BLACK SABBATH’S TONY IOMMI ON BILL WARD: “[HE] PULLED THE PLUG BECAUSE HE DIDN’T LIKE THINGS THE WAY IT WAS”
Glenn BurnSilver of the Phoenix New Times spoke with Black Sabbath and Heaven And Hell guitarist Tony Iommi about Sabbath’s classic sludgy sound, their new album, the future of the band and Bill Ward. Portions of the interview appear below.
PNT: I have to wonder about that development of that original sound. A few early songs have a bluesy and progressive sound–but how did the heavy, sludgy sound materialize? Did you stumble on it by accident?
Iommi: The sound I was after in the first place was to have something powerful. Something to create some tension. We used to work on trying to get the sound as big as we could. I think because of my accident it made me play a different way anyway. I had to work on playing chords a different way and playing as big as I could. That’s really what it was, working on enhancing the sound. And when we all played together, the way Geezer would bend his notes the same as I do, and it makes the sound fuller.
PNT: That made it darker, heavier?
Iommi: I wanted it to be that way. When we first started, we were playing jazzy blues stuff. Once we started getting down to really writing our own stuff, that’s when the sound came about really. I wanted to create the same vibe as a horror film. It’s got tension and these evilly things going on. I wanted to do that with music and I came up with these notes that were evil [laughs].
PNT:Why do you think people took to it? Did it make their hair stand up on their arms, or maybe give them that evil thrill? Or was it just so different?
Iommi: It was unlike anything else around at that time. It was just different and people latched on to it. That’s what we wanted. Not all people–some people hated it–but it was a matter of building up the people who liked it and making more of them. There were a lot of people when we first came out who really did slag us and hated what we did.
PNT: OK, back to the future. How is playing together–recording together–after so many years of tension and not being in the studio? The last album with the original lineup was in 1978… Ozzy was booted out in 1979…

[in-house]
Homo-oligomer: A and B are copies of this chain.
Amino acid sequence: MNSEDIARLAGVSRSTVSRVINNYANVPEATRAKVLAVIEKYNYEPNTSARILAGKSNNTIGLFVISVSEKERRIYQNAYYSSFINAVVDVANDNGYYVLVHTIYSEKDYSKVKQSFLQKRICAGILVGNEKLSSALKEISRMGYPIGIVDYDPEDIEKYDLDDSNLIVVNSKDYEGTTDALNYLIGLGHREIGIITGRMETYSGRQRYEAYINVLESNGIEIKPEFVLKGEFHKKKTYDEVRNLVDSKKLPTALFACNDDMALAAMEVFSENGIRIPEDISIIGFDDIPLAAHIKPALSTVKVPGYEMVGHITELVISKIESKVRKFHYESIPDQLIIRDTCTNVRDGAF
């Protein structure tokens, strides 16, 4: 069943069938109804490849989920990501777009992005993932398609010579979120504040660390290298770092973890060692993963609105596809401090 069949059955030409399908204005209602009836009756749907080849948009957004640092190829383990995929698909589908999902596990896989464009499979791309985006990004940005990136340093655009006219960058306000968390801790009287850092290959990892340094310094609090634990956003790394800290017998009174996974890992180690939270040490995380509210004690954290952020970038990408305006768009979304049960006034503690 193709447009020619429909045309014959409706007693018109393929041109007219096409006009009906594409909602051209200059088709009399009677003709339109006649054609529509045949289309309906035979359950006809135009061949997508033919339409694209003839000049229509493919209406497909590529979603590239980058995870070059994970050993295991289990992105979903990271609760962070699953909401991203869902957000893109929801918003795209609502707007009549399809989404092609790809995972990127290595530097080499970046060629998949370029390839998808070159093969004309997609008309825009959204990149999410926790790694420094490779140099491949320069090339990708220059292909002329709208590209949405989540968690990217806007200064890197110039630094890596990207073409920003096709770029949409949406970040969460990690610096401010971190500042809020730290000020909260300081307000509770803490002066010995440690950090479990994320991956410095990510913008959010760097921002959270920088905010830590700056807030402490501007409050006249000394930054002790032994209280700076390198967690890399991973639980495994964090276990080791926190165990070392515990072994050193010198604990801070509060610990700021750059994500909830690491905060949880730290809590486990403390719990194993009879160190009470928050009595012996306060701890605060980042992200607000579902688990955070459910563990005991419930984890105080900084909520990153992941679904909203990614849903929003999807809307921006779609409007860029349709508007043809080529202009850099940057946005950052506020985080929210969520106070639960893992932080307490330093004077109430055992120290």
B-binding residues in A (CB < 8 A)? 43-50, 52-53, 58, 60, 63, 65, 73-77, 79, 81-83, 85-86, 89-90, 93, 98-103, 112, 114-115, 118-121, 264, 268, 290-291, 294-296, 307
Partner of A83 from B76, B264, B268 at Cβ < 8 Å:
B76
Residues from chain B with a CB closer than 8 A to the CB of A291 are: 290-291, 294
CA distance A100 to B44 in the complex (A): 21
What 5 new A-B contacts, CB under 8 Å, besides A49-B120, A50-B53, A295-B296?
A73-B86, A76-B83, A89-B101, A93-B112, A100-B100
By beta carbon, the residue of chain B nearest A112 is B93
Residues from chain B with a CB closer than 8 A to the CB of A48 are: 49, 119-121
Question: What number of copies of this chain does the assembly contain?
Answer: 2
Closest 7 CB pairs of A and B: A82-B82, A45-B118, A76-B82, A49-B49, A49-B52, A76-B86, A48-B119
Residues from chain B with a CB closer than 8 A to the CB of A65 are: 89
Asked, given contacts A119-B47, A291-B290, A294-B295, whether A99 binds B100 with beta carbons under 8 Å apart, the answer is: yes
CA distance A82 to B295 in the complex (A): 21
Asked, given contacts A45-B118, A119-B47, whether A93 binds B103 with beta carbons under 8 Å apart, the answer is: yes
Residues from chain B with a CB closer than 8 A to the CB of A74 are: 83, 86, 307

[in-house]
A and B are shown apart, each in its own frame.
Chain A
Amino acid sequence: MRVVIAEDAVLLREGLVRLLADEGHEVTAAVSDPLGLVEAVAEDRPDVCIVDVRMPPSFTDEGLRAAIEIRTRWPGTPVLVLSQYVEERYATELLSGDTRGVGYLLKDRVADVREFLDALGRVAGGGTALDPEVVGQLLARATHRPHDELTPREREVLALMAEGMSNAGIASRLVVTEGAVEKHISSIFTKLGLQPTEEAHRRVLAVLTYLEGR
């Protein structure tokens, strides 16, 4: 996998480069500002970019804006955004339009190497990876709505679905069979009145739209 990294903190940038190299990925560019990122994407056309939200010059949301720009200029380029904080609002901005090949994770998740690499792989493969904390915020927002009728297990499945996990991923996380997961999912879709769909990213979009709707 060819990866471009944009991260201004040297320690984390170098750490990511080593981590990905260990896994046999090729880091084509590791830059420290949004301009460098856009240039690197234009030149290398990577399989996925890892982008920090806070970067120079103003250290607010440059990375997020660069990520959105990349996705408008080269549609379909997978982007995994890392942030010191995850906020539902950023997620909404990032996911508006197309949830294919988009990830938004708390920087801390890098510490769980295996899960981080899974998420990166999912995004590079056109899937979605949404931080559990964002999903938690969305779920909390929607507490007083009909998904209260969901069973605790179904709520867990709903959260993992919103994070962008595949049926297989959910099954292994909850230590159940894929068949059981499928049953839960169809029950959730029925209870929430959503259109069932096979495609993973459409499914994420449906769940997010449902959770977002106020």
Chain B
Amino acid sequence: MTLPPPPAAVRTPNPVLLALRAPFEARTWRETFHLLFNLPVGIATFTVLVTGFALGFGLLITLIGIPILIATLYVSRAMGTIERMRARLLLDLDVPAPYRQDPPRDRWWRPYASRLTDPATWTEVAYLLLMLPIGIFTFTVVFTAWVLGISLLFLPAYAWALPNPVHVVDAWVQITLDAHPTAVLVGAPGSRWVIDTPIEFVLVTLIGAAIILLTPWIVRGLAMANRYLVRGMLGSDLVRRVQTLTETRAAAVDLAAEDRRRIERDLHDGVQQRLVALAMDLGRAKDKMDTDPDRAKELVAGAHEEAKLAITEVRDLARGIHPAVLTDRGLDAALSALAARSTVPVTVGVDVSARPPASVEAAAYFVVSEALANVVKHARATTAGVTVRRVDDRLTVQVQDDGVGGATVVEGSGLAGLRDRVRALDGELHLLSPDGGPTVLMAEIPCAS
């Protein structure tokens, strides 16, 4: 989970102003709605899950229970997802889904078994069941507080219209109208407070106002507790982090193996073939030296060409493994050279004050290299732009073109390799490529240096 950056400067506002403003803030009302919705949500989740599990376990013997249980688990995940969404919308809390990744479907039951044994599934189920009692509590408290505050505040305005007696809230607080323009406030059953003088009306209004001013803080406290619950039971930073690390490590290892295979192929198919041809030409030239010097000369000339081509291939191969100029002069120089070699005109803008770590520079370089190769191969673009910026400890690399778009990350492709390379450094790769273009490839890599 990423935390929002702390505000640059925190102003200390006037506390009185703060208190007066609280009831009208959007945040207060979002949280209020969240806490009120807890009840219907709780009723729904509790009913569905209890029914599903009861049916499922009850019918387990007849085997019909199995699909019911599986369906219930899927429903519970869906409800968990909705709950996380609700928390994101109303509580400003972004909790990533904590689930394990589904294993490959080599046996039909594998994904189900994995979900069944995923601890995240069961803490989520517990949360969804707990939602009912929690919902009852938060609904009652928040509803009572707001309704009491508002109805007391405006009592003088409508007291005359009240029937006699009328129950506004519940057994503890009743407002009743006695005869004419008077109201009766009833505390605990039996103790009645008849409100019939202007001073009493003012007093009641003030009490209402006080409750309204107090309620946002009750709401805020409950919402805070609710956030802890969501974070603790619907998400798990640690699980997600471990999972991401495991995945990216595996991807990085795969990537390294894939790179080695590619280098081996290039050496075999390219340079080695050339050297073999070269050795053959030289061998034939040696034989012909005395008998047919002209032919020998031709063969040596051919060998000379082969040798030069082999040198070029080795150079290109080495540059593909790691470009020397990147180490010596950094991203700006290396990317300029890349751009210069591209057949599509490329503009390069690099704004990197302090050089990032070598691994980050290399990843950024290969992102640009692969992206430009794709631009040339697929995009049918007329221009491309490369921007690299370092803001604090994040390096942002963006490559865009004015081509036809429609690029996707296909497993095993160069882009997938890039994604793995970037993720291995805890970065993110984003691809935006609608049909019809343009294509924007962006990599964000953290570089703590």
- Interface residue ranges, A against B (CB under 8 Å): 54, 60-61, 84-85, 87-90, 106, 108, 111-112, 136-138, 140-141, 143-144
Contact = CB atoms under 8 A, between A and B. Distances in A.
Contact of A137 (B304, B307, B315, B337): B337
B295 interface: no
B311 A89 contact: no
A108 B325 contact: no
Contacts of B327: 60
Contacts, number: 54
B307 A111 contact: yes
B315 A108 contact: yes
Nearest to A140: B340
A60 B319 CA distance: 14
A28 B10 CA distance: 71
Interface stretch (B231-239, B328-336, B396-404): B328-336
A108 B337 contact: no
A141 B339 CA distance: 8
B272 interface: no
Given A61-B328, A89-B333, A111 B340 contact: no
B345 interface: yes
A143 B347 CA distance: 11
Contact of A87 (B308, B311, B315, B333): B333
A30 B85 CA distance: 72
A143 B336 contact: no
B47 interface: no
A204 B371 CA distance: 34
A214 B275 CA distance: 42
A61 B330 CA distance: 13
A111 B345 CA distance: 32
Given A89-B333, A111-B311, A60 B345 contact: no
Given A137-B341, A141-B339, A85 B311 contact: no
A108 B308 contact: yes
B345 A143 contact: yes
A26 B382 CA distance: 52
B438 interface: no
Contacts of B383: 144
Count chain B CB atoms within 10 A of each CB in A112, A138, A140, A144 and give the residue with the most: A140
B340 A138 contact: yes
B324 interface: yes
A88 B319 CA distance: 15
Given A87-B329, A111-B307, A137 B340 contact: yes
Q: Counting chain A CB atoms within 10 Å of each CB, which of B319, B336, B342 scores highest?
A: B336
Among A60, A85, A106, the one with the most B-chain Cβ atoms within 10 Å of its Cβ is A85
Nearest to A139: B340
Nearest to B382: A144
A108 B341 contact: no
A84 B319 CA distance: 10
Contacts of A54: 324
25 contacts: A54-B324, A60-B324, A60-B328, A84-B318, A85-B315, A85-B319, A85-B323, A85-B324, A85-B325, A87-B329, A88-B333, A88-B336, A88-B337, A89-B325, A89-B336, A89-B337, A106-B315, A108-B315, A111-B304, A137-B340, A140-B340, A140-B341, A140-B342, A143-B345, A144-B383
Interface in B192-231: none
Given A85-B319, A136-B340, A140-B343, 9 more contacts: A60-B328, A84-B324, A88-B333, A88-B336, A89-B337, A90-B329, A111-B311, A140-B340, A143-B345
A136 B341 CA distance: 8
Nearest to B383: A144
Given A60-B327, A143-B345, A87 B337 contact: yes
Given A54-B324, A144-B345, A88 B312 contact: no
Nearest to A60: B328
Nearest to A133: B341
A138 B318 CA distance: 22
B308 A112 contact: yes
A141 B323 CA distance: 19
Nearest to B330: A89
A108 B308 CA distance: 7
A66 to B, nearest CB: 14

Iommi: Tensions? The tensions over the years have mainly been about business. It’s not been personal at all. We always got on well on a personal level. It’s been going really good.
It’s just a different attitude now. When we got back together to record this album everybody had a different attitude toward what we were doing this time. We wanted to make an album together. We all really appreciated each other and respected each other. That’s really the only way to go into it–a full band commitment–and everybody was ready to put everything into it.
We did try back 12 years ago, and nobody could settle on it then. It wasn’t the right time, there were to many things going on. Ozzy was doing MTV, so it just didn’t work then. We weren’t going to do it until everybody was fully committed, and that was this time. Rubin was interested in doing the album [in 2001]. We played him some tracks but that’s as far as we got with it. We pulled the plug on it. We never got into the studio. We’d just played him some tracks.
PNT: Any of these songs on 13 holdovers from the 2001 sessions?
Iommi: We totally just abandoned those. It was not a good memory, so we just scrapped them.
PNT: Where’s [drummer] Bill [Ward}? I know all of you have worked together on and off since that 1997 reunion, but is Bill even able to perform right now?
Of course–we were hoping Bill was going to do it. When we first got together, Bill was involved.
Iommi: It was Bill who pulled the plug, it wasn’t us. Bill decided on his own he didn’t want to do this, because he didn’t like things the way it was. But we still don’t know exactly what that was, because Bill won’t exactly talk to us about it. He got his lawyers to talk with our lawyers, and it went that way instead of talking to the band personally.
It got to be a silly situation. It would have been nice to have had Bill on the album, but it was getting too complicated. It had been after a year of this stuff, and we just had to get on with it.
PNT: Given how well this is going, and the success of the record, will we see more of this Black Sabbath in the future?
Ioomi: We’re not looking at like that. We’re looking at in the moment. Unfortunately, we have to work around my treatments. I’m still having treatments for the cancer. I have to go back to England every seven or eight weeks, and I have to come off the road while my system adjusts. Then we go back on the road.
It’s all been very new to me. I didn’t know how it was going to work. I haven’t done a tour since I was ill. Maybe a couple of shows, but I haven’t done a day on, day off, day on, day off tour. I have to treat my life quite differently than I did five years ago. So we don’t plan things too far down the road since I don’t know how I’m going to be after this tour.
Read more at the Phoenix New Times.